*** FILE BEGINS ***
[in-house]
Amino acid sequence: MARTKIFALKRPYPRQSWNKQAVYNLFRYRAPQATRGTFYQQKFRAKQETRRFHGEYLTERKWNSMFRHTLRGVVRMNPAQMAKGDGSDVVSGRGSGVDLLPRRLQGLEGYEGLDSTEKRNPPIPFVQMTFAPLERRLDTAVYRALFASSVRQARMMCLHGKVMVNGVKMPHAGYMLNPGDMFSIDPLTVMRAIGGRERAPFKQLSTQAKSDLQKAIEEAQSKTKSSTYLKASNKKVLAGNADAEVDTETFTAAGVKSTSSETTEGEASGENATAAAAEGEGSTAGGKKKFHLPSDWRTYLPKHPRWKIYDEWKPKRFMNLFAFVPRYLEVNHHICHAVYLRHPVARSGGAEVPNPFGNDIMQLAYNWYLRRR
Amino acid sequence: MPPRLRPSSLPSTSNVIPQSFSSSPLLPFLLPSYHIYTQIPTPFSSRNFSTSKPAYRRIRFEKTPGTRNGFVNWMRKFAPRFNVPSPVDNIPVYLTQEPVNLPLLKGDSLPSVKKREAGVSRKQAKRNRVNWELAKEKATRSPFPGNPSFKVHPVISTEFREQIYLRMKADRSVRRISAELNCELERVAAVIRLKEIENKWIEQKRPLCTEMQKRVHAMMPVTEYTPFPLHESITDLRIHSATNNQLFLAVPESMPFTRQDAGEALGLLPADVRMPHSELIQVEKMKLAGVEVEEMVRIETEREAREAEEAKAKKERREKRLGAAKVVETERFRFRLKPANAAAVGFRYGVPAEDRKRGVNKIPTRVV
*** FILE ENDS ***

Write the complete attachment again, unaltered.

[in-house]
Amino acid sequence: MARTKIFALKRPYPRQSWNKQAVYNLFRYRAPQATRGTFYQQKFRAKQETRRFHGEYLTERKWNSMFRHTLRGVVRMNPAQMAKGDGSDVVSGRGSGVDLLPRRLQGLEGYEGLDSTEKRNPPIPFVQMTFAPLERRLDTAVYRALFASSVRQARMMCLHGKVMVNGVKMPHAGYMLNPGDMFSIDPLTVMRAIGGRERAPFKQLSTQAKSDLQKAIEEAQSKTKSSTYLKASNKKVLAGNADAEVDTETFTAAGVKSTSSETTEGEASGENATAAAAEGEGSTAGGKKKFHLPSDWRTYLPKHPRWKIYDEWKPKRFMNLFAFVPRYLEVNHHICHAVYLRHPVARSGGAEVPNPFGNDIMQLAYNWYLRRR
Amino acid sequence: MPPRLRPSSLPSTSNVIPQSFSSSPLLPFLLPSYHIYTQIPTPFSSRNFSTSKPAYRRIRFEKTPGTRNGFVNWMRKFAPRFNVPSPVDNIPVYLTQEPVNLPLLKGDSLPSVKKREAGVSRKQAKRNRVNWELAKEKATRSPFPGNPSFKVHPVISTEFREQIYLRMKADRSVRRISAELNCELERVAAVIRLKEIENKWIEQKRPLCTEMQKRVHAMMPVTEYTPFPLHESITDLRIHSATNNQLFLAVPESMPFTRQDAGEALGLLPADVRMPHSELIQVEKMKLAGVEVEEMVRIETEREAREAEEAKAKKERREKRLGAAKVVETERFRFRLKPANAAAVGFRYGVPAEDRKRGVNKIPTRVV